On the audio side of things, the Dolby Digital 5.1 soundtrack is rich and spacious, sporting clear dialog and wonderfully recorded songs. Ambient effects are produced nicely, but the low end is somewhat anemic. It's a pretty typical, low-key comedy soundtrack, but the songs give it more zing than the norm.

The Shallow Hal DVD boasts a long list of extra features, but the supplements come up short of satisfying. The first feature is a commentary track with directors Peter and Bobby Farrelly. Just like all of the other Farrelly Brothers commentaries, a majority of the time is spent pointing out all of the pair's friends and family they included in the film. I think it's cool that the Brothers like to keep it in the family, but with all due respect, the vast majority of those listening to these tracks don't care if the woman who just walked by briefly was your fourth grade math teacher. The commentaries go something like this: "There's Joe! He mows my lawn, and we thought it would be neat to put him in the film as a truck driver. See, he's wearing a yellow hat, but the funny thing about that is that in real life, he hates the color yellow. That's funny!" Those specific words aren't spoken, but you get the idea. Every once in a while the Brothers will talk about something significant to the making of the film, but not nearly often enough.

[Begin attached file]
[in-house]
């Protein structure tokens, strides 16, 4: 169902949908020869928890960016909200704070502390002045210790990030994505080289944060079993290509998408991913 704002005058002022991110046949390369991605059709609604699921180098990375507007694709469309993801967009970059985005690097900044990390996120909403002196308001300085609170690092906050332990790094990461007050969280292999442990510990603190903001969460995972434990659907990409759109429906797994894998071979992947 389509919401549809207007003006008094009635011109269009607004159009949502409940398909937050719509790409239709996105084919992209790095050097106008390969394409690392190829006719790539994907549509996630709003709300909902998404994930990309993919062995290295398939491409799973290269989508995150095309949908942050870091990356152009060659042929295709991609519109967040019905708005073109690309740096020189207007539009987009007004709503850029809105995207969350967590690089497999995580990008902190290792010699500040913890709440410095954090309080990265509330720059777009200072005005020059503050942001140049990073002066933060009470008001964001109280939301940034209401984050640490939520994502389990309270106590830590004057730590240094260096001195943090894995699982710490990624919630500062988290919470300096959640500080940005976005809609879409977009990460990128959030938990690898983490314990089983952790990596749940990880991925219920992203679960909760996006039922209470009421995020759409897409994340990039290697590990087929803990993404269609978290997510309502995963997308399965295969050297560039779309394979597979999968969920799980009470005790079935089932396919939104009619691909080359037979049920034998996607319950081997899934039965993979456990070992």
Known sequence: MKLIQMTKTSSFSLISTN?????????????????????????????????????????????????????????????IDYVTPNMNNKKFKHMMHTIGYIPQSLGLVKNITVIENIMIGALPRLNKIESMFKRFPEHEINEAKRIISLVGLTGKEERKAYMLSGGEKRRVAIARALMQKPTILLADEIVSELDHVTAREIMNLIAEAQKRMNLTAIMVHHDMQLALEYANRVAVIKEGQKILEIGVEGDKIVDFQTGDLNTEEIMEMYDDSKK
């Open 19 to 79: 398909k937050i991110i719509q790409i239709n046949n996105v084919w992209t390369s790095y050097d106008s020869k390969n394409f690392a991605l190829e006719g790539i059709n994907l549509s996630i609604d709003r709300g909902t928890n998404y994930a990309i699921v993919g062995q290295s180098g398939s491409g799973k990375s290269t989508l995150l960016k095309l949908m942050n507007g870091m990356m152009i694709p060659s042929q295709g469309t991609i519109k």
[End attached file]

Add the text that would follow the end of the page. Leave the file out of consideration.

A quartet of featurettes is next on the agenda. The first two are very similar to each other, and are pretty much promotional bits - you know, film clips, interviews, blah blah. Like other HBO and Comedy Central programs, they tend to give away too much of the film, and are better viewed afterward. The better of the two would have to be the HBO featurette, only because it's hosted by the drool-tacular Brooke Burns (who plays the girl Hal meets in the cab). Being Shallow Hal is the HBO-produced featurette running 14 minutes, and Comedy Central's Reel Comedy: Shallow Hal featurette lasts 22 minutes. The other two featurettes are shorter, but more informative. Seeing Through the Layers runs 13 minutes, and is by far the best of the bunch. This piece focuses on the process of making Gwyneth Paltrow look much, much heavier than she is in real life, and goes into detail about the body suits, make-ups and other special efforts. In at the Deep End with Shallow Hal is only 2 minutes, and briefly covers the water cannon effect used to make a waifish Paltrow make a big-girl splash in a swimming pool (you've seen this gag about a million times on the trailers and TV spots late last year).

11 deleted scenes (with optional Farrelly Brothers commentary) have also been included, and were all better left out of the film. A music video for Wall in Your Heart by Shelby Lynne, a music promo spot, theatrical trailers (for Shallow Hal, Minority Report, Unfaithful and Banger Sisters) and a promo trailer for other Farrelly Brothers films available on Fox DVDs round out the supplements.

Shallow Hal is a fairly entertaining film, and if you like the Farrelly Brothers' past work, or if you're big on romantic comedies, I'd say it's well worth a rental. Just don't expect too much from it. The DVD sports a nice enough picture and plenty of extras, even if they're lacking in real depth. Enjoy it with a hot dog or five.

Greg Suarez
gregsuarez@thedigitalbits.com